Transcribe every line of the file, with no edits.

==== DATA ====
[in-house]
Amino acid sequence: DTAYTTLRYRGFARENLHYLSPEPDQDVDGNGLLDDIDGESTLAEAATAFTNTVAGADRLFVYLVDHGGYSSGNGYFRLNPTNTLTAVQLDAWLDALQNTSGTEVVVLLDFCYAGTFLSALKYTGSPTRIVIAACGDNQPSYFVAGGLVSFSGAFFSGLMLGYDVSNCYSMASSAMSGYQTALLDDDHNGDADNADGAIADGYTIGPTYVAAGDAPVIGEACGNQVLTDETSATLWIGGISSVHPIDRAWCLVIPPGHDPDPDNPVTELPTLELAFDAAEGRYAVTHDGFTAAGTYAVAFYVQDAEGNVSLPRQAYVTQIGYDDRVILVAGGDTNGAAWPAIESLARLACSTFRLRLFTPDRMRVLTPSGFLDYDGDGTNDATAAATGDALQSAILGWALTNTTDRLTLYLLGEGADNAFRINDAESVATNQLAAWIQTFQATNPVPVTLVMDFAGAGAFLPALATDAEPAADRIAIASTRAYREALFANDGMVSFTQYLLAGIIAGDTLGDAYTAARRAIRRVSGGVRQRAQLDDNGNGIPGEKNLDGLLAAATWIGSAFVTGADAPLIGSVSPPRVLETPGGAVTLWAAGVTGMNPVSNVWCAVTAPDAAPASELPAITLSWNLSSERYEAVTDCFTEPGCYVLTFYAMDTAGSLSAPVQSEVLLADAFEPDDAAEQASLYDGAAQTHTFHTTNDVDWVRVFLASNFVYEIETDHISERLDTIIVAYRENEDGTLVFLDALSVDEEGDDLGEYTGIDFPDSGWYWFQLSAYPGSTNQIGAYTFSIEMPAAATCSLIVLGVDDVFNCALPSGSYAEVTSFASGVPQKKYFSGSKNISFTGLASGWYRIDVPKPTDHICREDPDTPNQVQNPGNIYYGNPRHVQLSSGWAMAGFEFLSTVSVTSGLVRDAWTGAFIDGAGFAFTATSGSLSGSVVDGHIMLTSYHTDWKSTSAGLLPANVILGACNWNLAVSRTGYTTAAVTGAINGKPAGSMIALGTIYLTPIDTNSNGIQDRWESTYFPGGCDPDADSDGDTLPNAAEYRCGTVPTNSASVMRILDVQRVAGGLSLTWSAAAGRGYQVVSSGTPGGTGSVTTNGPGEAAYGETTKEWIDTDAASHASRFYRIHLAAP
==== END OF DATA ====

[in-house]
Amino acid sequence: DTAYTTLRYRGFARENLHYLSPEPDQDVDGNGLLDDIDGESTLAEAATAFTNTVAGADRLFVYLVDHGGYSSGNGYFRLNPTNTLTAVQLDAWLDALQNTSGTEVVVLLDFCYAGTFLSALKYTGSPTRIVIAACGDNQPSYFVAGGLVSFSGAFFSGLMLGYDVSNCYSMASSAMSGYQTALLDDDHNGDADNADGAIADGYTIGPTYVAAGDAPVIGEACGNQVLTDETSATLWIGGISSVHPIDRAWCLVIPPGHDPDPDNPVTELPTLELAFDAAEGRYAVTHDGFTAAGTYAVAFYVQDAEGNVSLPRQAYVTQIGYDDRVILVAGGDTNGAAWPAIESLARLACSTFRLRLFTPDRMRVLTPSGFLDYDGDGTNDATAAATGDALQSAILGWALTNTTDRLTLYLLGEGADNAFRINDAESVATNQLAAWIQTFQATNPVPVTLVMDFAGAGAFLPALATDAEPAADRIAIASTRAYREALFANDGMVSFTQYLLAGIIAGDTLGDAYTAARRAIRRVSGGVRQRAQLDDNGNGIPGEKNLDGLLAAATWIGSAFVTGADAPLIGSVSPPRVLETPGGAVTLWAAGVTGMNPVSNVWCAVTAPDAAPASELPAITLSWNLSSERYEAVTDCFTEPGCYVLTFYAMDTAGSLSAPVQSEVLLADAFEPDDAAEQASLYDGAAQTHTFHTTNDVDWVRVFLASNFVYEIETDHISERLDTIIVAYRENEDGTLVFLDALSVDEEGDDLGEYTGIDFPDSGWYWFQLSAYPGSTNQIGAYTFSIEMPAAATCSLIVLGVDDVFNCALPSGSYAEVTSFASGVPQKKYFSGSKNISFTGLASGWYRIDVPKPTDHICREDPDTPNQVQNPGNIYYGNPRHVQLSSGWAMAGFEFLSTVSVTSGLVRDAWTGAFIDGAGFAFTATSGSLSGSVVDGHIMLTSYHTDWKSTSAGLLPANVILGACNWNLAVSRTGYTTAAVTGAINGKPAGSMIALGTIYLTPIDTNSNGIQDRWESTYFPGGCDPDADSDGDTLPNAAEYRCGTVPTNSASVMRILDVQRVAGGLSLTWSAAAGRGYQVVSSGTPGGTGSVTTNGPGEAAYGETTKEWIDTDAASHASRFYRIHLAAP